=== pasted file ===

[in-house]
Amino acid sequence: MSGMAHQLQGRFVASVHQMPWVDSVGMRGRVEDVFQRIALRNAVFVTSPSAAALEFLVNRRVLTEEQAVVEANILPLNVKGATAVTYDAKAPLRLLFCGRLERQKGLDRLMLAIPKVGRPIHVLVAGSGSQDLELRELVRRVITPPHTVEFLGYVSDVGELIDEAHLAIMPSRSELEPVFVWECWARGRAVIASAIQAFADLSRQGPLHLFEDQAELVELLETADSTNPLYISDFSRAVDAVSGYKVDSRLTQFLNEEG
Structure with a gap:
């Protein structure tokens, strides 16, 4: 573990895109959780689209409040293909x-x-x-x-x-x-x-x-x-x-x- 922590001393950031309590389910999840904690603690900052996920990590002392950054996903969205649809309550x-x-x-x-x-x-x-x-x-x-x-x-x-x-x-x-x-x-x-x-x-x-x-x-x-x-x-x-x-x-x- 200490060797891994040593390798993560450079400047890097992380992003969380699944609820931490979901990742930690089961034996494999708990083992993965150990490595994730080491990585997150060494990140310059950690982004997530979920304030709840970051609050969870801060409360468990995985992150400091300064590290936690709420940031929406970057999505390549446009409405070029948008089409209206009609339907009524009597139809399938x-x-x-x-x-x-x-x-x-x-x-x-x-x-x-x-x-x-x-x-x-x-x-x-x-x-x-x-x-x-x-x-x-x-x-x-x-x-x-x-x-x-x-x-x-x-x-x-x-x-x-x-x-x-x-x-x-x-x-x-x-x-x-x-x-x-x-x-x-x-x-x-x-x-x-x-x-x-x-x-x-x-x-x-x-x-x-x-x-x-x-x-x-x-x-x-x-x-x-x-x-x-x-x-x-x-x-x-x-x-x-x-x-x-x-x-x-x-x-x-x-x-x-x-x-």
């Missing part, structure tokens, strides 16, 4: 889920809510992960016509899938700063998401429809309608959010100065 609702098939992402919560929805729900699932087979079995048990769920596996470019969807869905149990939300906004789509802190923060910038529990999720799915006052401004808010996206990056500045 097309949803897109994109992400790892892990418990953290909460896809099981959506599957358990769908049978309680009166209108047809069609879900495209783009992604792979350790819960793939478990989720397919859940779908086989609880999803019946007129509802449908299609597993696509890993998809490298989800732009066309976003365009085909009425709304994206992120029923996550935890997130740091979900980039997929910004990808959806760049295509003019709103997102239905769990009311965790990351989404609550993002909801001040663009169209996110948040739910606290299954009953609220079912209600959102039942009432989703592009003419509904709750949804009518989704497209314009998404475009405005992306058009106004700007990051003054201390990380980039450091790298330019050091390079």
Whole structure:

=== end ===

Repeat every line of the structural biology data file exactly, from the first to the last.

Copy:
[in-house]
Amino acid sequence: MSGMAHQLQGRFVASVHQMPWVDSVGMRGRVEDVFQRIALRNAVFVTSPSAAALEFLVNRRVLTEEQAVVEANILPLNVKGATAVTYDAKAPLRLLFCGRLERQKGLDRLMLAIPKVGRPIHVLVAGSGSQDLELRELVRRVITPPHTVEFLGYVSDVGELIDEAHLAIMPSRSELEPVFVWECWARGRAVIASAIQAFADLSRQGPLHLFEDQAELVELLETADSTNPLYISDFSRAVDAVSGYKVDSRLTQFLNEEG
Structure with a gap:
């Protein structure tokens, strides 16, 4: 573990895109959780689209409040293909x-x-x-x-x-x-x-x-x-x-x- 922590001393950031309590389910999840904690603690900052996920990590002392950054996903969205649809309550x-x-x-x-x-x-x-x-x-x-x-x-x-x-x-x-x-x-x-x-x-x-x-x-x-x-x-x-x-x-x- 200490060797891994040593390798993560450079400047890097992380992003969380699944609820931490979901990742930690089961034996494999708990083992993965150990490595994730080491990585997150060494990140310059950690982004997530979920304030709840970051609050969870801060409360468990995985992150400091300064590290936690709420940031929406970057999505390549446009409405070029948008089409209206009609339907009524009597139809399938x-x-x-x-x-x-x-x-x-x-x-x-x-x-x-x-x-x-x-x-x-x-x-x-x-x-x-x-x-x-x-x-x-x-x-x-x-x-x-x-x-x-x-x-x-x-x-x-x-x-x-x-x-x-x-x-x-x-x-x-x-x-x-x-x-x-x-x-x-x-x-x-x-x-x-x-x-x-x-x-x-x-x-x-x-x-x-x-x-x-x-x-x-x-x-x-x-x-x-x-x-x-x-x-x-x-x-x-x-x-x-x-x-x-x-x-x-x-x-x-x-x-x-x-x-």
């Missing part, structure tokens, strides 16, 4: 889920809510992960016509899938700063998401429809309608959010100065 609702098939992402919560929805729900699932087979079995048990769920596996470019969807869905149990939300906004789509802190923060910038529990999720799915006052401004808010996206990056500045 097309949803897109994109992400790892892990418990953290909460896809099981959506599957358990769908049978309680009166209108047809069609879900495209783009992604792979350790819960793939478990989720397919859940779908086989609880999803019946007129509802449908299609597993696509890993998809490298989800732009066309976003365009085909009425709304994206992120029923996550935890997130740091979900980039997929910004990808959806760049295509003019709103997102239905769990009311965790990351989404609550993002909801001040663009169209996110948040739910606290299954009953609220079912209600959102039942009432989703592009003419509904709750949804009518989704497209314009998404475009405005992306058009106004700007990051003054201390990380980039450091790298330019050091390079």
Whole structure: